Yet, Leslie Burger wants poverty stricken inner city libraries to forego these federal subsidies in order to teach children “critical reasoning skills” that can only be gleaned from unfiltered Internet access. If this is what the American Library Association calls “serving the needs of communities,” it is no wonder the citizens are crying, “There ought to be a law!”

Denise Varenhorst, President
Family Friendly Libraries said...

jneal said, "Should we also make pornography readily available for sale in our grocery stores, Walgreen's and other types of general stores? Maybe stick the magazines right next to People and Cosmo in the check out line?"

The American Library Association has at least indirectly enabled exactly that, and the graphic proof is seen here: Grocery Store Pushes "Looking For Alaska" Next to "Bob the Builder" in Checkout Aisle at Child Eye Height. Go there for a picture of an ALA awarded book containing graphic oral sex for children 12 and up in a grocery store checkout aisle.

Mike Jackiw said...

Sadly you are mistaken about filtering in any way making libraries "secure" and HB 1727, which is designed to incorrectly and inappropriately force Internet filters on public library staff and patron computers, is extremely damaging to the much needed services libraries provide.

Public libraries have a long and solid history of working with their local
government bodies, including the village or district, as well as their patrons to provide the safest environment possible for both adults and children.

Radical individuals have recently decided that "unfettered access to the
Internet" translates to "pornography for children." This is 100% FALSE. I have worked in public libraries as a computer technician for the past 18 years and never once did the library staff of any of the various libraries allow, codone, or support viewing of pornographic materials by any minor and always, ALWAYS made sure that anything that was brought to their attention was dealth with. Library staff have worked hard with the parents in their areas to give everyone a balance of freedom of access to information as well as safety.

HB1727 would not only destroy this avenue of trust, but it would utterly damage the ability of public libraries to perform their function for the patrons, that of giving the patrons access to information. By imposing fines, the possibily of perjury, and not at all defining "obscene" it is designed for a library to fail.

First, it is a fact that there is no filtering system that works 100% of the time. In fact ALL filters fail to block slang or pornographic words in foreign languages. Filters do not block pornographic emails that such users can subscribe to. Filters do not stop numerous images in general searches (thumbnails). So by the very fact that filtering is a completely flawed software system there is no way a library staff member cannot perjure themselves from the very beginning.

Second, the fact that the term "obscene" is not at all defined leaves it open to a completely subjective "justice" system based on anyone who finds anything "obscene." What of the great artists works such as Picasso, Cezanne, and others? What about biological research that any patron might find "obscene?" How about the fact that people could consider historical information about the Nazis, Communists, Viet-Cong "obscene?" And most definitely images of the Holocaust, Slavery, etc.?

Third, the bill does a huge disservice to the very people who are trying to push it through in the hopes of protecting children. They will now believe, wrongly, that their children and those of other parents are "safe." This is a completely and utter falsehood. As I noted there are many extensive ways that filters can be bypassed and should any of the parents who believe their child is safe find their children were able to get to something, the result is perjury for the library employees, fines, and greater distrust on the part of the patrons served.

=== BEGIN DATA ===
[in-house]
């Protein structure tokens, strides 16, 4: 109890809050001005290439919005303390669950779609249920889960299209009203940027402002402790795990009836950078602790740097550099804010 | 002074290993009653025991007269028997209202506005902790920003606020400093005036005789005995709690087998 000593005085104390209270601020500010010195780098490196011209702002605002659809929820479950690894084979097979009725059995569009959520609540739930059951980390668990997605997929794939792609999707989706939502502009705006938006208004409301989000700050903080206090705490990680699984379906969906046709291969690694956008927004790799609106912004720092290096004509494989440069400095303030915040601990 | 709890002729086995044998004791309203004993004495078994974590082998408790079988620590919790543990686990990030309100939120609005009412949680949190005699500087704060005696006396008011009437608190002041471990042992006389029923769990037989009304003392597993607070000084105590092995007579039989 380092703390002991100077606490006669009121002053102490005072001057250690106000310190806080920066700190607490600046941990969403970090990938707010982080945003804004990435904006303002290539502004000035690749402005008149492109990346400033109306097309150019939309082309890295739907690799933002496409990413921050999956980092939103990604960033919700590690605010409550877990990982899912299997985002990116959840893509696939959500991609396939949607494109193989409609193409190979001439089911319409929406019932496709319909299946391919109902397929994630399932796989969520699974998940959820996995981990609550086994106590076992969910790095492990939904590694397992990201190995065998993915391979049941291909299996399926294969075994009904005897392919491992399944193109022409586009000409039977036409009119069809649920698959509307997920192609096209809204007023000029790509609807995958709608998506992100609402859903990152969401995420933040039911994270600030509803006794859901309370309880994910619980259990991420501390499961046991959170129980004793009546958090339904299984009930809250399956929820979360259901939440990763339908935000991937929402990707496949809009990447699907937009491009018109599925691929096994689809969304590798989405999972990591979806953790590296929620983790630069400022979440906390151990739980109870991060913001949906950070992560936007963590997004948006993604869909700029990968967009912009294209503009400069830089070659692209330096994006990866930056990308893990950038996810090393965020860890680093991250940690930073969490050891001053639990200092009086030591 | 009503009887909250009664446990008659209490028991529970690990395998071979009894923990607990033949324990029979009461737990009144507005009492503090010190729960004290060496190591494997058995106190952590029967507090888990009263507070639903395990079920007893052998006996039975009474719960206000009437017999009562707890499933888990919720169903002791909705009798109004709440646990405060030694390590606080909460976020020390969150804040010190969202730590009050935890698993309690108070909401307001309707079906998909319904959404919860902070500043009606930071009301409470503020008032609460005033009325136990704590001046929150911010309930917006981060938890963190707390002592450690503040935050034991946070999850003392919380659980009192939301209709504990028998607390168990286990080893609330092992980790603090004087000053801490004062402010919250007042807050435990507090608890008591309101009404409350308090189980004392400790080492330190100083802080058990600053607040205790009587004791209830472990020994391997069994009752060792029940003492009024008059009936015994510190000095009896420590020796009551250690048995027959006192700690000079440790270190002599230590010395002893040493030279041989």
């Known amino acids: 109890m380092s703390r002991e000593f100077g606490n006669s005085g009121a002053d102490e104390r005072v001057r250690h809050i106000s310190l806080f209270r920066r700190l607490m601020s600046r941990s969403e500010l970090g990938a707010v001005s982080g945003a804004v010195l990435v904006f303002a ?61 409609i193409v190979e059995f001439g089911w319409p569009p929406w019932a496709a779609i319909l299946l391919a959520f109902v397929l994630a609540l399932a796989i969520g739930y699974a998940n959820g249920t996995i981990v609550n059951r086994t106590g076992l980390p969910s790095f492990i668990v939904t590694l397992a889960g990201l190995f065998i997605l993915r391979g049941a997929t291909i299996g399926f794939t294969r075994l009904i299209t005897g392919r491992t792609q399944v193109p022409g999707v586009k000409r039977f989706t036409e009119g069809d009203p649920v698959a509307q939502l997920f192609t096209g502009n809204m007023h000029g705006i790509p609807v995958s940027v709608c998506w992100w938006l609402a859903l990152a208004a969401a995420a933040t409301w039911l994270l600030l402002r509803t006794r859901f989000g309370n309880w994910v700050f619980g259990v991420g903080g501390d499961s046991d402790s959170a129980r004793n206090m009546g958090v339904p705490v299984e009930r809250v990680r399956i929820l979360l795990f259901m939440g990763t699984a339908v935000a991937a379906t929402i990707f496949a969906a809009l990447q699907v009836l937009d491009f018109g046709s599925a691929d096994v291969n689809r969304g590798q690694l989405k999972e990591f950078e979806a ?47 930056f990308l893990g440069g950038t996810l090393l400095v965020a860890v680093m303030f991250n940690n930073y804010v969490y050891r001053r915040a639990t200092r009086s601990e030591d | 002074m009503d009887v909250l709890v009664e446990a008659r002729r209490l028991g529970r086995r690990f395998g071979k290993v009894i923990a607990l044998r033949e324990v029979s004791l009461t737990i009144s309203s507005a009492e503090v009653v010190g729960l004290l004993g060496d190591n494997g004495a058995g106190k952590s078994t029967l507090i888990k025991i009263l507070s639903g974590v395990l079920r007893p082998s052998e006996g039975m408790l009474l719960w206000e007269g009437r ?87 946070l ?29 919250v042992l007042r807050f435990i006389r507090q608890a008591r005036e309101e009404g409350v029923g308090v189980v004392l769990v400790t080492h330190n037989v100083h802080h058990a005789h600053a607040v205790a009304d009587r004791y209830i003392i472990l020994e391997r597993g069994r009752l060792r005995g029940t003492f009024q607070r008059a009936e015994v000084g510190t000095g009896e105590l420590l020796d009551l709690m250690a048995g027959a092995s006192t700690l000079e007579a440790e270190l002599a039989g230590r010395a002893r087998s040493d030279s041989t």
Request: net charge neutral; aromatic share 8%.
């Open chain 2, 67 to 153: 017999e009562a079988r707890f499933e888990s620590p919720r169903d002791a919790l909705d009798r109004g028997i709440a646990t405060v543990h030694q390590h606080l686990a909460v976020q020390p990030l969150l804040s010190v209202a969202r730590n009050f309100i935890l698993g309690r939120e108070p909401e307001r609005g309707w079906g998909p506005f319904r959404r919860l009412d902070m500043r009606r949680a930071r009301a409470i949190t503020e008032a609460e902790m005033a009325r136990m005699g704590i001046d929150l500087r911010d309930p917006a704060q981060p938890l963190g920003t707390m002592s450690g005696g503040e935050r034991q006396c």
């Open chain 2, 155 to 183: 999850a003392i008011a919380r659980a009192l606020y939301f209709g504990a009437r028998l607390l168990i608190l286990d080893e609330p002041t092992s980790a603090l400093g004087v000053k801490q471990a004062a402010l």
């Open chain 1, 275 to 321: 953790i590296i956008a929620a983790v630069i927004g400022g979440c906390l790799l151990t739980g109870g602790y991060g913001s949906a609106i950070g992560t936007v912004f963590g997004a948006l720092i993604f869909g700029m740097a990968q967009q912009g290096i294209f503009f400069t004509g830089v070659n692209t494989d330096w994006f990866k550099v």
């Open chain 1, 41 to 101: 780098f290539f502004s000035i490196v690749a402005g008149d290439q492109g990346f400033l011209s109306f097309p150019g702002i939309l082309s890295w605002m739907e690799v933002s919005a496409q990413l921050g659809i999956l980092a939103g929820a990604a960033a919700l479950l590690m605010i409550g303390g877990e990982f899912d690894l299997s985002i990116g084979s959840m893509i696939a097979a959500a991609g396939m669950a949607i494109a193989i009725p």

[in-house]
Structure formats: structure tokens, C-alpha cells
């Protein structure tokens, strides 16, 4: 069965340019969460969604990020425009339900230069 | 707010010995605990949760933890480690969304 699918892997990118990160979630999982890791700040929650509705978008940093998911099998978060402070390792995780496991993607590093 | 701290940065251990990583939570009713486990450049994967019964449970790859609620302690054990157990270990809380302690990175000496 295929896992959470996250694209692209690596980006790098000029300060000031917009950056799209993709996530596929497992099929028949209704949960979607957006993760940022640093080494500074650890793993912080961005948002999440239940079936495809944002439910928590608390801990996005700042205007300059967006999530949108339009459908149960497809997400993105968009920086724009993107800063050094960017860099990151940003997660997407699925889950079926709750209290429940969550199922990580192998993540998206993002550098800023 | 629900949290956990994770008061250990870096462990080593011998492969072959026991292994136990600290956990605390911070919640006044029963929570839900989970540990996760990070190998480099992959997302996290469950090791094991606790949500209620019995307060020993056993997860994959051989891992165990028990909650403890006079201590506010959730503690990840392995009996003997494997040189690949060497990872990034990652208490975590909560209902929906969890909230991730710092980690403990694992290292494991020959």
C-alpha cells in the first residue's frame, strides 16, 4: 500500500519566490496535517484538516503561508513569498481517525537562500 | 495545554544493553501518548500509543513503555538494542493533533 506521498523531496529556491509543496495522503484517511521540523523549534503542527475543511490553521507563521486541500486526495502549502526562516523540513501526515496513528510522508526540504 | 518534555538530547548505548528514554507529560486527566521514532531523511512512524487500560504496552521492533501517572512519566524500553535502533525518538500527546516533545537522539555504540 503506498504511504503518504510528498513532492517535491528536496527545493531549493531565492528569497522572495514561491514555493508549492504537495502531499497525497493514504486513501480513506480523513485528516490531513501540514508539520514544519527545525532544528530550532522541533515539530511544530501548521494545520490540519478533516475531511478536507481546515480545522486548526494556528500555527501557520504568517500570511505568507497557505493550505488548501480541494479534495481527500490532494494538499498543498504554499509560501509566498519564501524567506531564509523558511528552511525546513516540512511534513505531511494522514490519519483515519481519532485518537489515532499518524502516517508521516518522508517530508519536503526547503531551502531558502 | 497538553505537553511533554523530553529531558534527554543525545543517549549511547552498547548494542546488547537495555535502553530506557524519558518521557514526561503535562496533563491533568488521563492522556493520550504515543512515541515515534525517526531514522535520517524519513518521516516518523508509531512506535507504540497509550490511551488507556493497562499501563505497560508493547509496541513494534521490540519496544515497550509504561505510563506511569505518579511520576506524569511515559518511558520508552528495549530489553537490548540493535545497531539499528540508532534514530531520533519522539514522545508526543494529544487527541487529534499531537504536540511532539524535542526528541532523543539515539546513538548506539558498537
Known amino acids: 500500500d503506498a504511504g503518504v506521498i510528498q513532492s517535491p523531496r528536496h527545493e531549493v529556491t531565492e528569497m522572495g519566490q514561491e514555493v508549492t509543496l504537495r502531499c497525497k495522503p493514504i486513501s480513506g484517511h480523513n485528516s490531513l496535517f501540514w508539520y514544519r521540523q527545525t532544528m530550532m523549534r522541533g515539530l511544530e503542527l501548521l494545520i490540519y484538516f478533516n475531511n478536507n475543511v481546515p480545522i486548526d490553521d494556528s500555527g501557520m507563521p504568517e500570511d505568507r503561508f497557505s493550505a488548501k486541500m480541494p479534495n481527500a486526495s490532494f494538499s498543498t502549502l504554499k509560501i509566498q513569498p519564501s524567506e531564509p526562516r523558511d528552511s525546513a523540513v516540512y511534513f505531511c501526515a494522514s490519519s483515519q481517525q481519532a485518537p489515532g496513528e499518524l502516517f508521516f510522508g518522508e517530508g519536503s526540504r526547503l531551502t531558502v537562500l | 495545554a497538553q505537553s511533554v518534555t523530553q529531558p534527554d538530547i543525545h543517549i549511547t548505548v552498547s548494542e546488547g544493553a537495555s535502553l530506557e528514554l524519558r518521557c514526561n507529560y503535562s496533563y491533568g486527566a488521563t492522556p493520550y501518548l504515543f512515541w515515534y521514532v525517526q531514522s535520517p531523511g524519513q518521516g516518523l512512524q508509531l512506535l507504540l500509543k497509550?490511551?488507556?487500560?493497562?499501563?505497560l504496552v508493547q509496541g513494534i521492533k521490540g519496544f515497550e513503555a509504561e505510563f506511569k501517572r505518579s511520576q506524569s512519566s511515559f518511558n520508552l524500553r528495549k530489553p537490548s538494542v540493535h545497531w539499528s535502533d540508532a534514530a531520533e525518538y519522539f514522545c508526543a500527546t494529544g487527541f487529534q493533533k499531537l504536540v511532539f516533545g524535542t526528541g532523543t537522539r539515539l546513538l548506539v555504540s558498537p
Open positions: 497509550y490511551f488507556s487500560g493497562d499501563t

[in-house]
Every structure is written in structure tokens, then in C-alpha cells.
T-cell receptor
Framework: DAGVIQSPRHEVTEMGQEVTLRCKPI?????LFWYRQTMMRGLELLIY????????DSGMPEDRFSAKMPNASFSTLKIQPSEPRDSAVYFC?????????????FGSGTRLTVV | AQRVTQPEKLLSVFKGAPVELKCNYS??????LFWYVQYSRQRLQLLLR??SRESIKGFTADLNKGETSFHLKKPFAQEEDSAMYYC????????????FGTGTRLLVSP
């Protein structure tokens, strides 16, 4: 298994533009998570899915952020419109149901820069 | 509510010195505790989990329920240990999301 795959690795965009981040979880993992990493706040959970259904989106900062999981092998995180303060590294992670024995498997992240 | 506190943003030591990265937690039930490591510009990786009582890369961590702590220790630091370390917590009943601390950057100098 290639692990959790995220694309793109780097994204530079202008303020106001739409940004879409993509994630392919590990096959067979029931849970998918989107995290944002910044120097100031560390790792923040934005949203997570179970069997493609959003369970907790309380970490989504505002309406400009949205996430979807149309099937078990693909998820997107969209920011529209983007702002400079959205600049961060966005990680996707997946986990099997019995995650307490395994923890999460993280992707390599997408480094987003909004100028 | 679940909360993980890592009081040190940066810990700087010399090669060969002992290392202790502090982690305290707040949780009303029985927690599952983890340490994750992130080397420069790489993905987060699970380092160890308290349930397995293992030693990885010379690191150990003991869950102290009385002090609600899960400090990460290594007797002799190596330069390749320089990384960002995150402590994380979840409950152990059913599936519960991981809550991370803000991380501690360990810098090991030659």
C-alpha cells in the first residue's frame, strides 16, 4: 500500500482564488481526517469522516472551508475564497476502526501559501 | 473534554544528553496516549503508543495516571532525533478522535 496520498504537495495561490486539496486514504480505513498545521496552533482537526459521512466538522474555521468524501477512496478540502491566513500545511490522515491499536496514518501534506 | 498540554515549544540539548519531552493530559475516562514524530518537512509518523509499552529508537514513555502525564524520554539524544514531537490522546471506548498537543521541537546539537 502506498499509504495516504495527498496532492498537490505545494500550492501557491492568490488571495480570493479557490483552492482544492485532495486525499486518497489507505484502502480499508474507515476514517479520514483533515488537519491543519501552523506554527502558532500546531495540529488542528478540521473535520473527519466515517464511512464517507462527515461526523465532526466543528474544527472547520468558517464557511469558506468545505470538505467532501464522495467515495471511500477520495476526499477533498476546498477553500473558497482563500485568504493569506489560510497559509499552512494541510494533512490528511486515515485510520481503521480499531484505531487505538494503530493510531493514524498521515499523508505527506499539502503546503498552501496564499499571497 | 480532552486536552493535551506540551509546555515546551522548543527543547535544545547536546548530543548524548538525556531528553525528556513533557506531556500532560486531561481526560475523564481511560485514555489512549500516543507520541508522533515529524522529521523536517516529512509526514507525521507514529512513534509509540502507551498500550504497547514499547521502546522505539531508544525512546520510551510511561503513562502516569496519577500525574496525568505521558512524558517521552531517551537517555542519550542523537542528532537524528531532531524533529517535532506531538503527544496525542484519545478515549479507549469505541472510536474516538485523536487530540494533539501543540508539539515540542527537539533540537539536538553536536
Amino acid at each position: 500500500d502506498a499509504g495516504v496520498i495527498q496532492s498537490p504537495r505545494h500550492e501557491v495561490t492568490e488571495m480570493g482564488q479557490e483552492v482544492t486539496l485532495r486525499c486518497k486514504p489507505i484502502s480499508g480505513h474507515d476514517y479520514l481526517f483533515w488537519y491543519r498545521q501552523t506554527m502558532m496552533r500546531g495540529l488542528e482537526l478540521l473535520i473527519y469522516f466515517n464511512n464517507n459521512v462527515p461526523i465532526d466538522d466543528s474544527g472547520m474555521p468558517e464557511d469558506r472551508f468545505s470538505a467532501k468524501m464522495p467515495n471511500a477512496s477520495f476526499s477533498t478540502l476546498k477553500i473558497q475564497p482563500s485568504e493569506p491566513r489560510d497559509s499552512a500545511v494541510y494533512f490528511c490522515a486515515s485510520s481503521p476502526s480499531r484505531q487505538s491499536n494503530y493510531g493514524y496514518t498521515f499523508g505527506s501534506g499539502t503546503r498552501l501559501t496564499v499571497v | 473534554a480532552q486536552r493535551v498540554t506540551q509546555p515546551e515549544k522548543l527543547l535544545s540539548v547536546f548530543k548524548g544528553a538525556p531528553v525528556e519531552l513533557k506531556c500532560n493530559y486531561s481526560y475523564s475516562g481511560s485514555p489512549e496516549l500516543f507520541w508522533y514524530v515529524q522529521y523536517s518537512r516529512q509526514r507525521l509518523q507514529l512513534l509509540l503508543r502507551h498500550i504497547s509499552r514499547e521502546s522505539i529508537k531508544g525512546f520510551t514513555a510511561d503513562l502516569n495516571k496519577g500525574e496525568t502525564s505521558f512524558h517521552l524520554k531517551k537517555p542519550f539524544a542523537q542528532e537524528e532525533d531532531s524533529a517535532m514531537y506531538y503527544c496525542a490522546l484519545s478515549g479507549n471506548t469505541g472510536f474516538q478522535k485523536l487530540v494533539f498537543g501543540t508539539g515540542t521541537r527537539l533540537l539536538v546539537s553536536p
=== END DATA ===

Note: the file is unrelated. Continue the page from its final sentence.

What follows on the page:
Last, and most important of all, public libraries serve the greater community of the lower income populace by their very nature of free access to information. Newly arrived immigrants, lower income workers, laid off workers, the struggling single parent, senior citizens...these all depend on public libraries for the ability to have access to the Internet, to the IRS, to learn about their family history (which might end up in some "obscene" areas to some people), to discover information they cannot find easily at home or school (who have parental rights), to study any varied topic, or just to read the latest information. If this bill passes public libraries will have no way to continue to serve this area of the population. They will have to cut them off completely from such access and these people, who cannot afford a home computer, high-speed Internet, laser printers, on-line database access, and all that libraries offer them, will see that their representatives have failed them by passing such a Bill that strikes at their most available access.

So again I implore you to please discontinue to push HB1727. It was designed to cause libraries to fail, to give parents a completely false sense of security, to encumber libraries financially, to block free access to legitimate information, and to take away informational access to those people who need it the most.

What should be pushed, and pushed hard, is that the representatives make bills that will really and truthfully give predators, child pornographers, and the actual criminals the punishment they deserve. Encourage them to pass bills to let the courts keep these people in prison and not get a slap on the wrist as is the case. By attacking public libraries you are actually attacking the patrons, the victims, and not doing anything at all against the criminals. For every one child that *might* come across something objectionable there are hundreds of thousands who, every day, enjoy the benefits of the library. Bills such as HB1727 is punishing those people. It is like a police officer letting a burgler go and accusing the homeowner that he shouldn't have displayed his best silverware in the china cabinet. Please reconsider your position on this bill.

Thank you for your time.